Who can be defined as an elderly man in the US? Well, this differs from one state to the other. In Florida and California, anyone exceeding 65 is called an elderly citizen. Again, in Massachusetts, Illinois and New York, anyone exceeding 60 can be called an elder.
Just like a number of nations in the world, the epidemic of elder abuse has also affected the US. It is a widespread problem. Yet, the Department of Justice, in one of its most recent reports has reported just 1 in 23 cases of elder abuse are duly reported. The National Council on Aging shares observes that by 2040, 1 in 10 senior citizens could be susceptible to physical and/or emotional abuse. And in all likeness, this will be at the hands of their caretakers and family.
That being said, it is high time that you know about the basics of elder abuse law.
About Civil Liability
Civil liability that crops up from elder abuse can be managed from the state level. In fact, a number of states allow partial or complete recovery of disciplinary damages. You can also hire Barr & Young Lawyers who will help you procure court expenses, attorney’s charges, as well as other compensatory factors. Your members of family, caretakers and nursing home can also be subjected to lawsuit. When it comes to anybody failing to get sufficient care, financial fraudulences, over-prescribed medicines, seeking legal help is just a matter of time. You can also seek legal aid if you have been subjected to any type of physical assaults, or just any type of exploitations.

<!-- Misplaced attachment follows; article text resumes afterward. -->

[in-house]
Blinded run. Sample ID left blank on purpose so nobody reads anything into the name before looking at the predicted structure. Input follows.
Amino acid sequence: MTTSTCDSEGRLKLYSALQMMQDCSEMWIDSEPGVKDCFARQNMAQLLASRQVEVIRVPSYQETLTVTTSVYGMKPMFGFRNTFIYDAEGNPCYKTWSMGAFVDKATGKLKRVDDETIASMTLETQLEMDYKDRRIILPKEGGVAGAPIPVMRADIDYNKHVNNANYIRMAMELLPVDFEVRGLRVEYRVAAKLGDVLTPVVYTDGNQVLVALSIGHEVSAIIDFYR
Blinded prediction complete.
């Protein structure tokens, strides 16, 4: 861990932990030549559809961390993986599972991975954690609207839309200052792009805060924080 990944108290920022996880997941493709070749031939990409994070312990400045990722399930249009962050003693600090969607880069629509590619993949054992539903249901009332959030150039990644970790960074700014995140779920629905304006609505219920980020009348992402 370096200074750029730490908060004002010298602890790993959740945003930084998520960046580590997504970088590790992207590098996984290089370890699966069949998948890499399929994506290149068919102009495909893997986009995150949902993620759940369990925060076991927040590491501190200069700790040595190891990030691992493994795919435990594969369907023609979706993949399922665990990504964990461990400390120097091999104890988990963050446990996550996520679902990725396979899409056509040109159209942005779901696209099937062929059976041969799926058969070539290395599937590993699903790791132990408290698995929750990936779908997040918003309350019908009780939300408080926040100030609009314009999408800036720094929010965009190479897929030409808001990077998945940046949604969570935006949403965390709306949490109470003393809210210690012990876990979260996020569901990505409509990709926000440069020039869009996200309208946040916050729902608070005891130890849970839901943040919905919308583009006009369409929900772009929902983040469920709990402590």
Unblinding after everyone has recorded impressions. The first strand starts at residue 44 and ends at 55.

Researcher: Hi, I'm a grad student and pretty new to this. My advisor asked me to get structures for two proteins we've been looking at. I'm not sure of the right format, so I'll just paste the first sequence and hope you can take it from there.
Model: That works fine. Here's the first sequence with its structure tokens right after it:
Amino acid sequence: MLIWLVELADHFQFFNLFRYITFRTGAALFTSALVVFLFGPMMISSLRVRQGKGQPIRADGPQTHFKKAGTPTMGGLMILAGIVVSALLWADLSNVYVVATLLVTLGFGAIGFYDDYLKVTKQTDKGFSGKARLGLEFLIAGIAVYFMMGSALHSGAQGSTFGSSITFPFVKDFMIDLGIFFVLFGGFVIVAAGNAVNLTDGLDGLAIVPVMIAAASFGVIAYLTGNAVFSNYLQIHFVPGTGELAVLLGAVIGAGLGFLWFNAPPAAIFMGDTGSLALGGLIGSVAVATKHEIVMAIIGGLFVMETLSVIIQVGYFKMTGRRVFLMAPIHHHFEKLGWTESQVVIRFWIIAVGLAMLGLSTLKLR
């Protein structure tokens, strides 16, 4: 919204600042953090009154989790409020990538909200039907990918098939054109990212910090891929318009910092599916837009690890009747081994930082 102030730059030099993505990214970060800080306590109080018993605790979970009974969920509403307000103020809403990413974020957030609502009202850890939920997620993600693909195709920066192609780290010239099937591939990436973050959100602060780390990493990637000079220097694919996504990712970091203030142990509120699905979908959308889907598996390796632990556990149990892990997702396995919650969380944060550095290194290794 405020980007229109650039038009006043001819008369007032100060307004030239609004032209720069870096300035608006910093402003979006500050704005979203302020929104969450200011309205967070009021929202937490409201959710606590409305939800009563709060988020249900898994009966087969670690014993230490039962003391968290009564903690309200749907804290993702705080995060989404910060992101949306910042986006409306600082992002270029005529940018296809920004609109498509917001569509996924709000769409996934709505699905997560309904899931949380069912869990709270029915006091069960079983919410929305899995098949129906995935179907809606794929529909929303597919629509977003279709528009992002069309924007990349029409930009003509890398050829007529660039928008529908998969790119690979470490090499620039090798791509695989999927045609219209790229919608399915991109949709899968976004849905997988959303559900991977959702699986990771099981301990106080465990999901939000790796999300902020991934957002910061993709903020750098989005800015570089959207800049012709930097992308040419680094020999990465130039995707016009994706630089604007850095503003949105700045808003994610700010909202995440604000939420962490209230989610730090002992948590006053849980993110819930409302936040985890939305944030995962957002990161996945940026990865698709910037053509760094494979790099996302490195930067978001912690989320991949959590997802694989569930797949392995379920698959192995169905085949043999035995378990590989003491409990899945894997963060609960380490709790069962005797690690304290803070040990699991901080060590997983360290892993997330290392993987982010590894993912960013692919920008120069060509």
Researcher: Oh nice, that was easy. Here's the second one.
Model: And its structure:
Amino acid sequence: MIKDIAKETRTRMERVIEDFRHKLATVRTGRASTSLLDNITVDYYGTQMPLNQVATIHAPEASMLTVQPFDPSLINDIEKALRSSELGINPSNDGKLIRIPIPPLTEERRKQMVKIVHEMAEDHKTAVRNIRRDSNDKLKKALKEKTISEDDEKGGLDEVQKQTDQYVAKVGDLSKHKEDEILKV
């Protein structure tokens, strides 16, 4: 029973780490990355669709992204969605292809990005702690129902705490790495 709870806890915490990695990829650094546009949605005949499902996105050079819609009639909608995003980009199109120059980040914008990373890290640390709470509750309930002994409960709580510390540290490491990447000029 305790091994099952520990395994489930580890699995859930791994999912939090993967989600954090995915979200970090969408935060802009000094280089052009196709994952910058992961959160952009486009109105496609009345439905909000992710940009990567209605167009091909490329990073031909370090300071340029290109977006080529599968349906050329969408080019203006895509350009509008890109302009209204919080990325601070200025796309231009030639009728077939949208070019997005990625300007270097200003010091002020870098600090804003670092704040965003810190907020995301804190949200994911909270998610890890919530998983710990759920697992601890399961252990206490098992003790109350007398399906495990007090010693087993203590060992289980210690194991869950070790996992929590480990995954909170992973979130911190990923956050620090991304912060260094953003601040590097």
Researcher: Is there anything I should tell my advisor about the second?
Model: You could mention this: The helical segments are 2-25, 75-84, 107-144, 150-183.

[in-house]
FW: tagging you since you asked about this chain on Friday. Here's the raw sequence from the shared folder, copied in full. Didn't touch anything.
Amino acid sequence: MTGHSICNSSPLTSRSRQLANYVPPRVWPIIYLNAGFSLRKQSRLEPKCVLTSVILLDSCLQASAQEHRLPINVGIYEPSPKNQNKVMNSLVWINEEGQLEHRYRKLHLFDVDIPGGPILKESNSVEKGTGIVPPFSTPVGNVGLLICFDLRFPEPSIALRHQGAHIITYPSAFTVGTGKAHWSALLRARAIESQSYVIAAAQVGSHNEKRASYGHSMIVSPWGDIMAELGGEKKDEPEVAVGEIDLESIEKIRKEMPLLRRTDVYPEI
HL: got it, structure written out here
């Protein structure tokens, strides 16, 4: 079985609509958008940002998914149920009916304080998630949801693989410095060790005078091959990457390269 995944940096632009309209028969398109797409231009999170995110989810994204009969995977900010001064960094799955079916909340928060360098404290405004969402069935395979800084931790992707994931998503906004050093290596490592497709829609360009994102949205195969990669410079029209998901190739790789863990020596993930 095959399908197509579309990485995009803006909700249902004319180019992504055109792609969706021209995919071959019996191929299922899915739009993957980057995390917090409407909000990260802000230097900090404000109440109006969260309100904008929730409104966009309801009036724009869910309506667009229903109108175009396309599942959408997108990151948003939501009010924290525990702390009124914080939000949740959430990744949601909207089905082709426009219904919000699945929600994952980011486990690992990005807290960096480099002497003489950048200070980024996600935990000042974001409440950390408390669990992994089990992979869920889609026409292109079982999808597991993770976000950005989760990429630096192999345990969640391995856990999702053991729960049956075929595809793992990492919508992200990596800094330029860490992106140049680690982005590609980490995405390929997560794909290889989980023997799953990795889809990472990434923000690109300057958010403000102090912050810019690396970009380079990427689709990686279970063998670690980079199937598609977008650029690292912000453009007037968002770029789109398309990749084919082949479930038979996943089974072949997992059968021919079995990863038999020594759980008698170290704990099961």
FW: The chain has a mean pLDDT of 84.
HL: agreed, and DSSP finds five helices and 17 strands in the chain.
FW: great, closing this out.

Monetary Elder Abuse
This is another public epidemic. Elders are often found to be victims of illegal property retention, conning and forceful takeover of properties. Sadly enough, a lion’s share of such misdeeds are seen to be committed by their personal caregivers, relatives and children. Nevertheless, the most upsetting abuses crop up when seasoned con men pose up as their financial advisors or trustees.
Definition of Elder Isolation
Under the jurisdiction of the California Elder Abuse law, isolation can refer to a number of situations. For example, this will include debarring any elder or dependent adult from getting access to his or her mails and phone calls. This can also refer to false imprisonment, or physical/ forceful restraint. An elder can also be called isolated if she or he is not allowed to stay in touch with friends, relations, neighbors or acquaintances.
Barr & Young Lawyers can help reap the benefits of the legal help if you feel of being ‘isolated’. However, the prevailing law offers two defenses for caregivers who are alleged of isolating elders. If your caregiver performs such an action as per the instructions given by a practicing physician, then it will not be called an act of isolation. Your people will also be debarred from any allegations if they ‘isolate’ you in response to any evident perceived threat to your safety. Hope you have a safe, secured and carefree living.